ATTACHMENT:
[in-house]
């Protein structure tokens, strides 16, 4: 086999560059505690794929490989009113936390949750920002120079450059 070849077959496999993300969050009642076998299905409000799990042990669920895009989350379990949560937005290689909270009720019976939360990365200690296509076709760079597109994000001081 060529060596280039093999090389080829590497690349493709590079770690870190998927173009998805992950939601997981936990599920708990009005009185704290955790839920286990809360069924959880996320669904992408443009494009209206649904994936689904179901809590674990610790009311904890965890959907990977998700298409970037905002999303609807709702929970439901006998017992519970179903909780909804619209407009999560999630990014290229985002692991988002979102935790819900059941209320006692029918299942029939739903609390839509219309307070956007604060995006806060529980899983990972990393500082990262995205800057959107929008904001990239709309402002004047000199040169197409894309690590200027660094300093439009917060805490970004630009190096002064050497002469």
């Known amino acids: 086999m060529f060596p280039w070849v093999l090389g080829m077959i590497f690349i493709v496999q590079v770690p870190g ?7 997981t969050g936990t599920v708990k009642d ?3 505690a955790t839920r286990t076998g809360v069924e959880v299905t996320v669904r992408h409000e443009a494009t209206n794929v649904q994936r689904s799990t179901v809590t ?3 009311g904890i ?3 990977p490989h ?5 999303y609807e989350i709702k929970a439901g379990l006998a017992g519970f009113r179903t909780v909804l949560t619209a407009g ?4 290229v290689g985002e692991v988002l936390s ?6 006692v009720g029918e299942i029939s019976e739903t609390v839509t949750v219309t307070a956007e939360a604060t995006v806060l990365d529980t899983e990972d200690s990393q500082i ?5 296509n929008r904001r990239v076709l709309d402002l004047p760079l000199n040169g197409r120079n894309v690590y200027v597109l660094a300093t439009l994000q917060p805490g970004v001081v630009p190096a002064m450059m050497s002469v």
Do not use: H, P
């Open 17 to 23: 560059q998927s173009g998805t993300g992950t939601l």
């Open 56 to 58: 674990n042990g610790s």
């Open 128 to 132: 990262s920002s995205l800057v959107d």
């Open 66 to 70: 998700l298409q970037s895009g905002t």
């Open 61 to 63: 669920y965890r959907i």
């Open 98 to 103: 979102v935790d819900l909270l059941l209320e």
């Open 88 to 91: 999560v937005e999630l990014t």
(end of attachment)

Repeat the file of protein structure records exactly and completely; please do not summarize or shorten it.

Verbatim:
[in-house]
């Protein structure tokens, strides 16, 4: 086999560059505690794929490989009113936390949750920002120079450059 070849077959496999993300969050009642076998299905409000799990042990669920895009989350379990949560937005290689909270009720019976939360990365200690296509076709760079597109994000001081 060529060596280039093999090389080829590497690349493709590079770690870190998927173009998805992950939601997981936990599920708990009005009185704290955790839920286990809360069924959880996320669904992408443009494009209206649904994936689904179901809590674990610790009311904890965890959907990977998700298409970037905002999303609807709702929970439901006998017992519970179903909780909804619209407009999560999630990014290229985002692991988002979102935790819900059941209320006692029918299942029939739903609390839509219309307070956007604060995006806060529980899983990972990393500082990262995205800057959107929008904001990239709309402002004047000199040169197409894309690590200027660094300093439009917060805490970004630009190096002064050497002469």
């Known amino acids: 086999m060529f060596p280039w070849v093999l090389g080829m077959i590497f690349i493709v496999q590079v770690p870190g ?7 997981t969050g936990t599920v708990k009642d ?3 505690a955790t839920r286990t076998g809360v069924e959880v299905t996320v669904r992408h409000e443009a494009t209206n794929v649904q994936r689904s799990t179901v809590t ?3 009311g904890i ?3 990977p490989h ?5 999303y609807e989350i709702k929970a439901g379990l006998a017992g519970f009113r179903t909780v909804l949560t619209a407009g ?4 290229v290689g985002e692991v988002l936390s ?6 006692v009720g029918e299942i029939s019976e739903t609390v839509t949750v219309t307070a956007e939360a604060t995006v806060l990365d529980t899983e990972d200690s990393q500082i ?5 296509n929008r904001r990239v076709l709309d402002l004047p760079l000199n040169g197409r120079n894309v690590y200027v597109l660094a300093t439009l994000q917060p805490g970004v001081v630009p190096a002064m450059m050497s002469v």
Do not use: H, P
């Open 17 to 23: 560059q998927s173009g998805t993300g992950t939601l």
């Open 56 to 58: 674990n042990g610790s």
């Open 128 to 132: 990262s920002s995205l800057v959107d």
């Open 66 to 70: 998700l298409q970037s895009g905002t």
């Open 61 to 63: 669920y965890r959907i």
């Open 98 to 103: 979102v935790d819900l909270l059941l209320e």
């Open 88 to 91: 999560v937005e999630l990014t």